Issue No. 41 - The family home revisited (2) - 8 December 2003
Issue No. 59 - Buy to let property - 31 August 2004
Issue No. 85 - Property taxes - 12 September 2005

2. Statutory background
As regards self-employed claimants, the relevant statute is now found at section 34(1)(a), ITTOIA 2005. This is the well-known provision that expenses are not tax-allowable, unless incurred 'wholly and exclusively for the purposes of the business, trade or profession'.

This provision is mirrored, for employed claimants, apart from one word, in section 336, ITEPA 2003, which limits deductions to expenses 'wholly, exclusively and necessarily incurred'.The addition of the word 'necessarily' is crucial to this particular claim and many others by employees.

Section 316A, ITEPA 2003 headed 'Homeworkers additional
household expenses' concerns the situation where the employer reimburses the employee for additional expenses incurred in working at home. In practice HMRC allow a figure of 2 pounds a week without query, but reimbursed amounts in excess of that figure must be justified by the employee. Note that this only applies to reimbursement of expenses by the employer - not a claim by the employee himself or herself without reimbursement.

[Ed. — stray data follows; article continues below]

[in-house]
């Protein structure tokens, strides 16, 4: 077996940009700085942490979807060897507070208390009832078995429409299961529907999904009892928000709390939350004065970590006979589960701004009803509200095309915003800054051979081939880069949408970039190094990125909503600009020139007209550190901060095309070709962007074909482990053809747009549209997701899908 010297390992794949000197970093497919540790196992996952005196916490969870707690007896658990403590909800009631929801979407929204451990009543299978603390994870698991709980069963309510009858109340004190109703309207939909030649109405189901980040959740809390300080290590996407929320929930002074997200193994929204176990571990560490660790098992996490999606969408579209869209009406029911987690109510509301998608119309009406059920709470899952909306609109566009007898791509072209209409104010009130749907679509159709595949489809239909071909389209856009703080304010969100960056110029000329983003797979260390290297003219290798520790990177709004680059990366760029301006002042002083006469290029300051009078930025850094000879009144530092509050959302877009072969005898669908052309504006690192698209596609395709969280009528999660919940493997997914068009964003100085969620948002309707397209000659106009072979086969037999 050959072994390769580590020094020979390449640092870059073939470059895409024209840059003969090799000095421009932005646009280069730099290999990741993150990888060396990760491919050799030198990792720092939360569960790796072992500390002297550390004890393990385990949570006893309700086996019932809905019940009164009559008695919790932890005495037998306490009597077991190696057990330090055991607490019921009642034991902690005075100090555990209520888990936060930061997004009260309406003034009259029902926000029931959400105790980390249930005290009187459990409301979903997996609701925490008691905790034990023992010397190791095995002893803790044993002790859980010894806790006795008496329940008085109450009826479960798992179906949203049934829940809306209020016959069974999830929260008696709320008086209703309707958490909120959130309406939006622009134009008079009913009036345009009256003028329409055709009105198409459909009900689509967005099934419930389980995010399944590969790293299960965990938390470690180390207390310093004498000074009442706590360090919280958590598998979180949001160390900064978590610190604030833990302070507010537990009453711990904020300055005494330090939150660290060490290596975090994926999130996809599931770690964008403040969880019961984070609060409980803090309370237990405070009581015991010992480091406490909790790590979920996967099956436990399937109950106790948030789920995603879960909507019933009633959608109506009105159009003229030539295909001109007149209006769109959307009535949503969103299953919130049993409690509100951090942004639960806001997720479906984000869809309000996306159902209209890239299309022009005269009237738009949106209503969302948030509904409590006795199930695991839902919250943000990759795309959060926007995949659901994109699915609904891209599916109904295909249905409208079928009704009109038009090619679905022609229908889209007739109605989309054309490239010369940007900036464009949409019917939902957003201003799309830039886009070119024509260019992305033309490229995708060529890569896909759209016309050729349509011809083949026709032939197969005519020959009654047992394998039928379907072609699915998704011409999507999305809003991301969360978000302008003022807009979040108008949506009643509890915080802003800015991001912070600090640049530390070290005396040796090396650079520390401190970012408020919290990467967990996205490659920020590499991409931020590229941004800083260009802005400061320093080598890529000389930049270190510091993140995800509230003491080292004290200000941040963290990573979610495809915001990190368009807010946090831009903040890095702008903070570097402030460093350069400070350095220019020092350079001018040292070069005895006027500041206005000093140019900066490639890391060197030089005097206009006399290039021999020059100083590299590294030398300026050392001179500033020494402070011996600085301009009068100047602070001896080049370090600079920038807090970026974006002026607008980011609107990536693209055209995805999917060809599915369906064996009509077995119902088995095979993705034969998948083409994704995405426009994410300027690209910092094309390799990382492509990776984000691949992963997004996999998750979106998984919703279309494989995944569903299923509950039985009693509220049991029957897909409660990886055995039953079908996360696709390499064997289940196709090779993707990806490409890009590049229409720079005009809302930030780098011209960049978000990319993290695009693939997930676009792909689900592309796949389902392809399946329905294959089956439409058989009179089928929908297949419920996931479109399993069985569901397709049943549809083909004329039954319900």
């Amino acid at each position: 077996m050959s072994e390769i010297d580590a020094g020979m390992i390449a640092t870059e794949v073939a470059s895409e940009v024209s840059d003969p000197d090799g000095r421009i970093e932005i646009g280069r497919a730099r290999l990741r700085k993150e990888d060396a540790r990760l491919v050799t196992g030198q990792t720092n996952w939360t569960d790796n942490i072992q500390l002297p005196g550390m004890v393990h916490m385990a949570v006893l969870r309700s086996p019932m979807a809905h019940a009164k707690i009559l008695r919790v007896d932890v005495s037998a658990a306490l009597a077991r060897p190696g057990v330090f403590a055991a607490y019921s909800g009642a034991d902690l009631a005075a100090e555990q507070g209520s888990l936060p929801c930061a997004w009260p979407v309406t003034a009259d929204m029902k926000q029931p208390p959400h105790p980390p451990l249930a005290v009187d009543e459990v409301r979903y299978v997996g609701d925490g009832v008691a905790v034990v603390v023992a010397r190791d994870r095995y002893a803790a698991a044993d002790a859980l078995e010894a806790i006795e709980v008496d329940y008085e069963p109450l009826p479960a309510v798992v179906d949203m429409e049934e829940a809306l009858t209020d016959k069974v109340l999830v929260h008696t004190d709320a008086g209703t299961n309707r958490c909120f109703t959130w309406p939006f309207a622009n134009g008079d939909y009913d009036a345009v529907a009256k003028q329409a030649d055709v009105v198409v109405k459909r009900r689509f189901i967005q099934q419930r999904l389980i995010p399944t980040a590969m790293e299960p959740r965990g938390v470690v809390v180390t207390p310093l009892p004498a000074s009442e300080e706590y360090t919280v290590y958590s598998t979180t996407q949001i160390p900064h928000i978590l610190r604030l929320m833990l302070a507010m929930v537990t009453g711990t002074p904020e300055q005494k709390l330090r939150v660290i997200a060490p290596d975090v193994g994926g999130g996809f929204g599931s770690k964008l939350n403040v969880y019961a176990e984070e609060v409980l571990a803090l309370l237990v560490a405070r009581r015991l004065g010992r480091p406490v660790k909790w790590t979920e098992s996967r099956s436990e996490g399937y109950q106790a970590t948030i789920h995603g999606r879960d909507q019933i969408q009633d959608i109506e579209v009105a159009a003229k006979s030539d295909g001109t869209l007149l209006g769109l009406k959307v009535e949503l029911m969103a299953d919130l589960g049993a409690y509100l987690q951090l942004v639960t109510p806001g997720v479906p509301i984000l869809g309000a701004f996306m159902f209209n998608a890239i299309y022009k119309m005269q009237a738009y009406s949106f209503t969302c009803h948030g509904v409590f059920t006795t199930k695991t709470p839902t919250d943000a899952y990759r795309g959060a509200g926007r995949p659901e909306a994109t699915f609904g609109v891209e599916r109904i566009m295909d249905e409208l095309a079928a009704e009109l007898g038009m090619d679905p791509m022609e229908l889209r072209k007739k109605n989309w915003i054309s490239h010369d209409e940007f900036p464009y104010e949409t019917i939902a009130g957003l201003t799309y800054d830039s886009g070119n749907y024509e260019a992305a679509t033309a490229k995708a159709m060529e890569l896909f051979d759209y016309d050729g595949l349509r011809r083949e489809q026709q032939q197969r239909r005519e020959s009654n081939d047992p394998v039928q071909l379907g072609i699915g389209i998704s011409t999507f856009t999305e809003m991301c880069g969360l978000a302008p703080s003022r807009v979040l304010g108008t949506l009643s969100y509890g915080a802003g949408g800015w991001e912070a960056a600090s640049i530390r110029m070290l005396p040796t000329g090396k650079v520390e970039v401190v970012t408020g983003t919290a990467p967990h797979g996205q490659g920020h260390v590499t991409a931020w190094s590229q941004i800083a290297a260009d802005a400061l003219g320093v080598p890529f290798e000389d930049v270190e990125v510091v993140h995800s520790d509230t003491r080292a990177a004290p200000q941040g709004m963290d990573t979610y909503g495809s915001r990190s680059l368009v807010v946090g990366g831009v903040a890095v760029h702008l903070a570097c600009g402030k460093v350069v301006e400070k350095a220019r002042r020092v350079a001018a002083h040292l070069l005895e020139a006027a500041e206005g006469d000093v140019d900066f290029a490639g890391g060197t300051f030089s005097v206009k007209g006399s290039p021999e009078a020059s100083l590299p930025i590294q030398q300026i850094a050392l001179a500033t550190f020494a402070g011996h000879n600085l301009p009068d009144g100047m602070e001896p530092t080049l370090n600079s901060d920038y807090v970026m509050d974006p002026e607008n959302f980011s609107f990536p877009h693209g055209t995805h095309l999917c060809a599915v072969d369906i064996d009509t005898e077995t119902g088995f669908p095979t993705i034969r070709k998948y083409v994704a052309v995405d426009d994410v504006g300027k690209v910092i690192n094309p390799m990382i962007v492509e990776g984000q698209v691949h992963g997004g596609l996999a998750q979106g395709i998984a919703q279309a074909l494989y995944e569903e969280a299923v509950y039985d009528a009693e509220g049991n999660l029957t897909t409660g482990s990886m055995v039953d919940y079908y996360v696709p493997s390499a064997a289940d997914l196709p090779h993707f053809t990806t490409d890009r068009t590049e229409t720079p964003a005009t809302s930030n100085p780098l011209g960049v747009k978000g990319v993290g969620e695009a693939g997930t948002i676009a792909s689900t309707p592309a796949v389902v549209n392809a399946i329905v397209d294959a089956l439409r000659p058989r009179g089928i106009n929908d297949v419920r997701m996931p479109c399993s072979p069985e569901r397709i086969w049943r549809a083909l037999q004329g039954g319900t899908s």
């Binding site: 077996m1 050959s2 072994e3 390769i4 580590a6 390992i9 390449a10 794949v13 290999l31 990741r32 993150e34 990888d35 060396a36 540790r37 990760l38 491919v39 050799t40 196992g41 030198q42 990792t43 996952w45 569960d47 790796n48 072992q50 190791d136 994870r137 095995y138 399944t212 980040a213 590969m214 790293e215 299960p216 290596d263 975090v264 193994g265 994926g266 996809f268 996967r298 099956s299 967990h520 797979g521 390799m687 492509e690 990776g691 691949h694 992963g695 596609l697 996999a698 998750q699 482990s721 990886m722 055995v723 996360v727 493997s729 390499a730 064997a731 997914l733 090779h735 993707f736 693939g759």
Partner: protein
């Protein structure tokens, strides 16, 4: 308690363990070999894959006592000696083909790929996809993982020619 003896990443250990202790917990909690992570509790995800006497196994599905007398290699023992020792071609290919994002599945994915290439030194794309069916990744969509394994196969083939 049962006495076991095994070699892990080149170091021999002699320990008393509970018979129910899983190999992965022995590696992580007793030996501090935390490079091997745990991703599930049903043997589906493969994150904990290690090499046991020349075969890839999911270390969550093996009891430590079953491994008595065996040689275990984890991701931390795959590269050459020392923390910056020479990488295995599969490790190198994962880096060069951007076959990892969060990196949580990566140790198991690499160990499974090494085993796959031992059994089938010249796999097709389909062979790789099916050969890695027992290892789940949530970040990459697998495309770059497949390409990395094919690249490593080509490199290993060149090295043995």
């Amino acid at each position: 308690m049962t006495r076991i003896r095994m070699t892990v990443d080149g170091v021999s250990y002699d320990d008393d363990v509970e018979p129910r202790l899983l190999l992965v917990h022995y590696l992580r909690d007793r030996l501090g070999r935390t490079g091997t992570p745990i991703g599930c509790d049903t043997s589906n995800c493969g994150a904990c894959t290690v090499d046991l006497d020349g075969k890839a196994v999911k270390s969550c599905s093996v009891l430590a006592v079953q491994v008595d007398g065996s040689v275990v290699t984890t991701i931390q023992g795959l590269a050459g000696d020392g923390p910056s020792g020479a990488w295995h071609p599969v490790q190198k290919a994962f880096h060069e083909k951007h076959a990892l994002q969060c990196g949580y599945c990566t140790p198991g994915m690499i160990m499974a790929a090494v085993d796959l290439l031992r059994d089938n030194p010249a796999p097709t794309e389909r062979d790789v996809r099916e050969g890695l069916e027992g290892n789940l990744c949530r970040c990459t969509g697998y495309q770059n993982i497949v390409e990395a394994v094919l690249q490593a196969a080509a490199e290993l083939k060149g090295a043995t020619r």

3. Case law
For a self-employed person, there are just two relevant
tribunal cases. In Gazelle v Servini SpC 48, a claim by an
accountant for 50% of household expenses (32,000 pounds)
totalling 16,000 pounds to be allowed against his professional income was put forward. One of the three bedrooms at the home was used exclusively as a library, and another was used for the storage of files. The taxpayer worked at home from time to time in order to be free from interruptions, and also entertained 30 clients or potential clients there each year. The Special Commissioner determined that the decision of HMRC to allow 10% of the annual costs, totalling 3,200 pounds, was 'not